Triangle is open for tours only on Saturday (adults only, with ID; $3 per person). With craft breweries increasingly embracing cans, this is a great opportunity to see a small-scale canning line in situ. You can also try their beers at the new Triangle tap room, Pints & Plates (see below).
While you’re in the neighborhood, give your palate a change of beverage. Sociable, affordable and low in alcohol, cider has more in common with beer than with wine, and its promoters have hoped for years that it might emulate craft beer’s success. Large commercial brands are pleasant enough, but ciders in the more rustic vein are more likely to catch the imagination of the craft beer crowd. This must be the hope of Bull City Ciderworks (113 S. Elizabeth St.), Durham’s own cidery, which relies on North Carolina apple varieties to make three fresh hard ciders of varying sweetness, all with a traditional feel.
Bull City ciders are available on tap at a number of local restaurants and bars, but the treat is a visit to the cidery, where you can drink a pint at the reclaimed wood bar, sit at one of the the outdoor picnic tables and buy your favorite variety in a growler to take away. In distinct contrast to cider’s bucolic image, Bull City Ciderworks is sited next to an old auto business in a former industrial area of central Durham, close to successful developments like the Golden Belt complex.
Now, retrace your drive back to the downtown in time to visit Bull City Burger and Brewery, Durham’s only brewpub (107 E. Parrish St., around the corner from Dos Perros), before the evening session.
Until Seth Gross opened BCBB in 2011, Durhamites knew him as a wine guy. Little did they know that his first loves were beer and food: As a newly minted chef in Chicago in the ’90s, he persuaded Goose Island Brewing Co. to take him on as a brewing assistant. Gross was in on some landmark beers created at Goose Island, including Hex Nut Brown Ale and the original Bourbon County Stout, called the first beer aged in a bourbon barrel. His Durham brewery continues a tradition of well-balanced, food-friendly beers—only available here.
BCBB strikes a casual tone, with the seven-barrel brewery located behind glass directly beside the entrance. Patrons line up to place food orders for burgers and hot dogs made from grass-fed North Carolina beef, order pints of beer from a selection of eight taps at the bar, then sit at long communal tables or in the tiny beer garden out back. Should your pre-fest hunger call for pizza rather than burgers, Gross has recently opened Pompieri Pizza in an old firehouse around the corner, where you can enjoy Bull City’s beers along with your pie.
Plan B. If you have tickets to the afternoon session of the World Beer Festival (noon-4 p.m.), afterward you can explore the most vibrant, fastest-developing area of Durham, the Central Park District.
Stroll north on Rigsbee and look for the large reverse white “F” on a red background at the entrance to Fullsteam Brewery (726 Rigsbee Ave.). In four short years, the brewery taproom has become a Durham institution.
Fullsteam founder Sean Lilly Wilson and I were among the organizers of Pop the Cap, the grassroots group that modernized North Carolina beer laws in 2005. After nearly three years of politicking and brainstorming together, I knew his next career step would have to give him room for his restless imagination: He’s found it at Fullsteam, where everything from the beer to the company’s steampunk graphics, to the funky reclaimed objects that decorate the taproom carries his imprint.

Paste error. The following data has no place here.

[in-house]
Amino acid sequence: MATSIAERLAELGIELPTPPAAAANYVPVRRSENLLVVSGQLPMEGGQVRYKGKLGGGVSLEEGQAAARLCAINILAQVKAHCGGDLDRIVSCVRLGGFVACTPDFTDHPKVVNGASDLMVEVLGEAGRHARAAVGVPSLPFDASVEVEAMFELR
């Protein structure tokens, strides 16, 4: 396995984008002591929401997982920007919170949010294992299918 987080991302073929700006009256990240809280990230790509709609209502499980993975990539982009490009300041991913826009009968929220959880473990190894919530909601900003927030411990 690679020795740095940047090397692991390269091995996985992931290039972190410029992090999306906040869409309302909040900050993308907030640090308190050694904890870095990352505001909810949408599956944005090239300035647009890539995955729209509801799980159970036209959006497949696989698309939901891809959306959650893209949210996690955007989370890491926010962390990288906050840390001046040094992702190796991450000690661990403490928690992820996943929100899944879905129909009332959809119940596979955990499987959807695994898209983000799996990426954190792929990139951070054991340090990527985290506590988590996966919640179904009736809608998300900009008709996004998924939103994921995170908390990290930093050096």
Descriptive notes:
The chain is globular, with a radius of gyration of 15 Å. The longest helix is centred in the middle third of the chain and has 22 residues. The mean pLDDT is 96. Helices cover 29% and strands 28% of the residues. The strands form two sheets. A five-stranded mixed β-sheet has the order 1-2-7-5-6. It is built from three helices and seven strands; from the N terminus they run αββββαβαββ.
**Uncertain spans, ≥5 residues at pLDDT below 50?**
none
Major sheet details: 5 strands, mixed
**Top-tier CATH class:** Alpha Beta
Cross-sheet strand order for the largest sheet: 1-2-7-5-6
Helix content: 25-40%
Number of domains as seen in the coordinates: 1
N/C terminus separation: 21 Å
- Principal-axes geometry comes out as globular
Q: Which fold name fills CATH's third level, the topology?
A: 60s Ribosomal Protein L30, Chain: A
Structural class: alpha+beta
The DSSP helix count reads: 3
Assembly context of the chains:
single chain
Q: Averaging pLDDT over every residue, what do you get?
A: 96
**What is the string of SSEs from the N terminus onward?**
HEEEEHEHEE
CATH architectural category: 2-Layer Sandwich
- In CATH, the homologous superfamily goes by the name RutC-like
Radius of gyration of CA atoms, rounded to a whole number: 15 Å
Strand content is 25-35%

Fullsteam’s plow-to-pint philosophy links agriculture and beer, a connection that is surprisingly novel in brewing. The approach infuses the brewery’s creations with local flavor, literally, incorporating summer basil, sweet potatoes or native papaw—as well as more conventional ingredients.
Patrons can gather at the small bar or find seats at common tables in the spacious adjoining room or at a few tables outside. There are 22 taps, about half of which offer Fullsteam beers, with the rest devoted to North Carolina guest beers and specialty nonalcoholic drinks. One or more of Durham’s fleet of food trucks are generally parked outside for hungry guests.
Not in the mood for food-truck fare? You can sit down for a meal and a beer at a former gas station that is now Geer Street Garden (644 Foster St.). Inside and out, the white-painted red brick is worn with time. There are a few tables in the tiny interior, where the bar is located, and long picnic tables out back in the trellis-shaded beer garden. The menu might be described as modern down-home Southern: Try the fried chicken and arugula salad, or grilled pimento cheese. The 12 taps tilt toward North Carolina beers, though not exclusively.
Geer Street is one of the few spots in town where you will find beers from Ponysaurus Brewing, a nanobrewery that is Durham’s newest. In case you missed their collaboration beer at the festival, brewed with festival host All About Beer, this is your chance to try one of their eight ales. Or look for the elegant paper-wrapped 22-ounce bottles, with the unmistakable half-pony half-dinosaur logo, at local specialty retailers.
If your evening is winding down, allow time before 8 p.m. to stop at the new Beer Durham Craft Beer Store (404 Hunt St.) and grab a growler of beer to go. In 2013, a change in state law allowed retailers to fill and sell these large glass jugs, expanding the number of places where consumers can purchase fresh beer for consumption off site, including many beers that are otherwise only available on draft. Beer Durham embraced the new option, and offers a choice of 20 taps. Try a pint, then fill a 32- or 64-ounce growler with beer from an unusual or sought-after brewery.
If you’re up for music, retrace your steps in time for the 9 p.m. show at Motorco Music Hall (723 Rigsbee Ave.), a converted garage turned concert space. Full bar and 18 taps—all interesting except for the obligatory PBR. Check their website for performances and times.
Alternatively, finish your night up the street at The Surf Club (703 Rigsbee Ave.), described in one online comment as “a drinking person’s bar.”
The full name—The Kotuku Surf Club—is a nod to owner Rhys Botica’s New Zealand origins and the Kotuku Life Saving Club, where he hung out with his rugby team.